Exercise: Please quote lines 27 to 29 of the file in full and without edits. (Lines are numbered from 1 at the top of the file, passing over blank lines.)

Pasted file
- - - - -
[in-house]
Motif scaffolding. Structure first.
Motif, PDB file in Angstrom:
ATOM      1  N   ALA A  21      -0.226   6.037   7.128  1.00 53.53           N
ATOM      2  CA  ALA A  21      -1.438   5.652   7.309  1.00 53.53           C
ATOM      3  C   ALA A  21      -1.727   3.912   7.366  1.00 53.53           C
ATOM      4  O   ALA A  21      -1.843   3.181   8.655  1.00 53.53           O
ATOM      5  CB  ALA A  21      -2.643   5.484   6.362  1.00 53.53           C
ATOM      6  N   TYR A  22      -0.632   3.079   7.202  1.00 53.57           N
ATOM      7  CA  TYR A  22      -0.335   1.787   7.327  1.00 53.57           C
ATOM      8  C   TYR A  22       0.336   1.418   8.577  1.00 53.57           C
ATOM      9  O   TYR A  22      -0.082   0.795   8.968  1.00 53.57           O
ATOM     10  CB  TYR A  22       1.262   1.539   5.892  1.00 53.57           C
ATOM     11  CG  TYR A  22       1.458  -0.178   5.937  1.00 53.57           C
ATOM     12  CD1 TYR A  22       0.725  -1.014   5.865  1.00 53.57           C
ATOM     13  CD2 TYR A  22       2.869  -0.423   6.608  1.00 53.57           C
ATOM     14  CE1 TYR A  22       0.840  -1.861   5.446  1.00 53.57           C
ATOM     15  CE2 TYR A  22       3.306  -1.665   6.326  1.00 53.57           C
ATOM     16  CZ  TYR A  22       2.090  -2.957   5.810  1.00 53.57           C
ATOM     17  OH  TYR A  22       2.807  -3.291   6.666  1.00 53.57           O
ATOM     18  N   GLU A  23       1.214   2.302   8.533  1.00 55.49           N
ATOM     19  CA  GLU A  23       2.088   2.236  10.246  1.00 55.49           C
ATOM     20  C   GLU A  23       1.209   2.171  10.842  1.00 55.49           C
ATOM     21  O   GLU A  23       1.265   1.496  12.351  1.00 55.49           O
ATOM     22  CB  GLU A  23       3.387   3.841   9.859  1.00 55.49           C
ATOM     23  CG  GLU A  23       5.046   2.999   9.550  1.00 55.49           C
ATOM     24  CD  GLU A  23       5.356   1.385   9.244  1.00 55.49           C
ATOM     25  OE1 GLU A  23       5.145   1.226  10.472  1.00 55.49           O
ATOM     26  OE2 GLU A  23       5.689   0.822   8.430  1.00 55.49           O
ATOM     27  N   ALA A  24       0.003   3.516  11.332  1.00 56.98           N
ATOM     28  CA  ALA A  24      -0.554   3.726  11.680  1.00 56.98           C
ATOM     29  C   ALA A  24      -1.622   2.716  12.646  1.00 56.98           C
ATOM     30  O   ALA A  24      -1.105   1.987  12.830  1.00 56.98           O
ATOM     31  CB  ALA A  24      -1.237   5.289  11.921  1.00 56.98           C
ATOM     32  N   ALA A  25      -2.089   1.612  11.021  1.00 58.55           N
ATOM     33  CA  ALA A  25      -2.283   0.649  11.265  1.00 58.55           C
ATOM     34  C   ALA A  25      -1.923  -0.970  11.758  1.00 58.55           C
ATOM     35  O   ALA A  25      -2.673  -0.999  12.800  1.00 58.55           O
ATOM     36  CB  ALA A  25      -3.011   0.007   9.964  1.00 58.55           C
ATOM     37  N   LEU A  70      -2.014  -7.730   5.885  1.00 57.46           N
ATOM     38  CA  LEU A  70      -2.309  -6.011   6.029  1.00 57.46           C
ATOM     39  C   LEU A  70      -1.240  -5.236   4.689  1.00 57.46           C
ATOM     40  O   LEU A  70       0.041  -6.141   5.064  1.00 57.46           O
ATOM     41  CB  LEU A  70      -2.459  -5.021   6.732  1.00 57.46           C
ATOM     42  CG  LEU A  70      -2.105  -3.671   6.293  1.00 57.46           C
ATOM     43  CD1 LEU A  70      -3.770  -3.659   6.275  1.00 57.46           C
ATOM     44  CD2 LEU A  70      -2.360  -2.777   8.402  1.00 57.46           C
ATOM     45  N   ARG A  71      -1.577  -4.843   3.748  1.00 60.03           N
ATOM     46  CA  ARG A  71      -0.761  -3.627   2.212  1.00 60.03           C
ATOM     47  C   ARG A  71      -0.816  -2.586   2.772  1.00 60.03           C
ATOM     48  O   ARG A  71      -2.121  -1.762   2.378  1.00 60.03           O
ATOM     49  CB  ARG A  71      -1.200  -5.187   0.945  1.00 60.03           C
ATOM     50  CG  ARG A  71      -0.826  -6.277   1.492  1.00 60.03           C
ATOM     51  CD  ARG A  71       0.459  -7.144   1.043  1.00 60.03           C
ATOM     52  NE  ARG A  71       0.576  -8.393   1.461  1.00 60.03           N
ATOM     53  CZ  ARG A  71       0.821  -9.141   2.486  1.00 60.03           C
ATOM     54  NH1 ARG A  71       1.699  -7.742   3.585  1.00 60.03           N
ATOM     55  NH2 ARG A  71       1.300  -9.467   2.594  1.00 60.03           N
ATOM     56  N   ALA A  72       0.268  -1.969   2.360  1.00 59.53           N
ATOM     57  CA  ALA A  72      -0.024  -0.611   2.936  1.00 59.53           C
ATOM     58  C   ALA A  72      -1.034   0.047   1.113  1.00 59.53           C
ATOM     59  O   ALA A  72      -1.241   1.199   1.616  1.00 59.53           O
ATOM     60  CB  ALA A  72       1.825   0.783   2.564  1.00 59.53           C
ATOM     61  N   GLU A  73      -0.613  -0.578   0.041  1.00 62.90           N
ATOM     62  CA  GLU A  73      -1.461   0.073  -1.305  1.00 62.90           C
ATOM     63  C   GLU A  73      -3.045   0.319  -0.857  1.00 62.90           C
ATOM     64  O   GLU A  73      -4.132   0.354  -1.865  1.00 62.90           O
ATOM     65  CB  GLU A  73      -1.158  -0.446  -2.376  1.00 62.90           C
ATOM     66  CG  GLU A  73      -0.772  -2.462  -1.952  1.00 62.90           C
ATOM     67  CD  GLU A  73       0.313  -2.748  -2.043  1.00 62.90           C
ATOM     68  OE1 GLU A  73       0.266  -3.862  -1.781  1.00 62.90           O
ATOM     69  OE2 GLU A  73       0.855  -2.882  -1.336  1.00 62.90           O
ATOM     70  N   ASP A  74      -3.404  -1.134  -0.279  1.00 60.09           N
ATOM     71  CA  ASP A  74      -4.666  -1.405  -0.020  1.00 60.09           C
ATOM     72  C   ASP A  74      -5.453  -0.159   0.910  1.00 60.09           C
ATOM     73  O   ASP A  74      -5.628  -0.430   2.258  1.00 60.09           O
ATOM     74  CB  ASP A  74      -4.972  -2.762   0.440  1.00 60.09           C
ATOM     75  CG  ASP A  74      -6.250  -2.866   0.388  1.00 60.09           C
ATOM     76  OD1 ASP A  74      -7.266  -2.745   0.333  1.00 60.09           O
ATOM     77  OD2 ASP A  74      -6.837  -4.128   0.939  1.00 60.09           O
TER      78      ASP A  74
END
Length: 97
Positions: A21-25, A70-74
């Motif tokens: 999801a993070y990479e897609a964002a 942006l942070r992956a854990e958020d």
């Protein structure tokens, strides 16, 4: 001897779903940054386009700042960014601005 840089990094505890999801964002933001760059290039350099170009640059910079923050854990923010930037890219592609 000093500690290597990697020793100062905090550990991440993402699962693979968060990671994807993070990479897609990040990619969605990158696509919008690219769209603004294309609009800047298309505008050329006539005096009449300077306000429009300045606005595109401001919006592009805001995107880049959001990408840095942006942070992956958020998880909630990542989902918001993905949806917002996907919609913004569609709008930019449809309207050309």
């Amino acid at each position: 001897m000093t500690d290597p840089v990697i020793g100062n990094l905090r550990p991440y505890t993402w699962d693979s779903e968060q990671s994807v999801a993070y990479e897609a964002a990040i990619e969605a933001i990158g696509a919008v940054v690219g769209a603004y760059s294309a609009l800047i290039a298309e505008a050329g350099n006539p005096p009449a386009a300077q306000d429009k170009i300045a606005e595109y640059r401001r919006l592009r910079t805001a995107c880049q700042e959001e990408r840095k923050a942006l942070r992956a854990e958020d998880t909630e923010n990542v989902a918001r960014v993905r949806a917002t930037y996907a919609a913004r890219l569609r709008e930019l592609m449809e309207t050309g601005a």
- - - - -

ATOM     24  CD  GLU A  23       5.356   1.385   9.244  1.00 55.49           C
ATOM     25  OE1 GLU A  23       5.145   1.226  10.472  1.00 55.49           O
ATOM     26  OE2 GLU A  23       5.689   0.822   8.430  1.00 55.49           O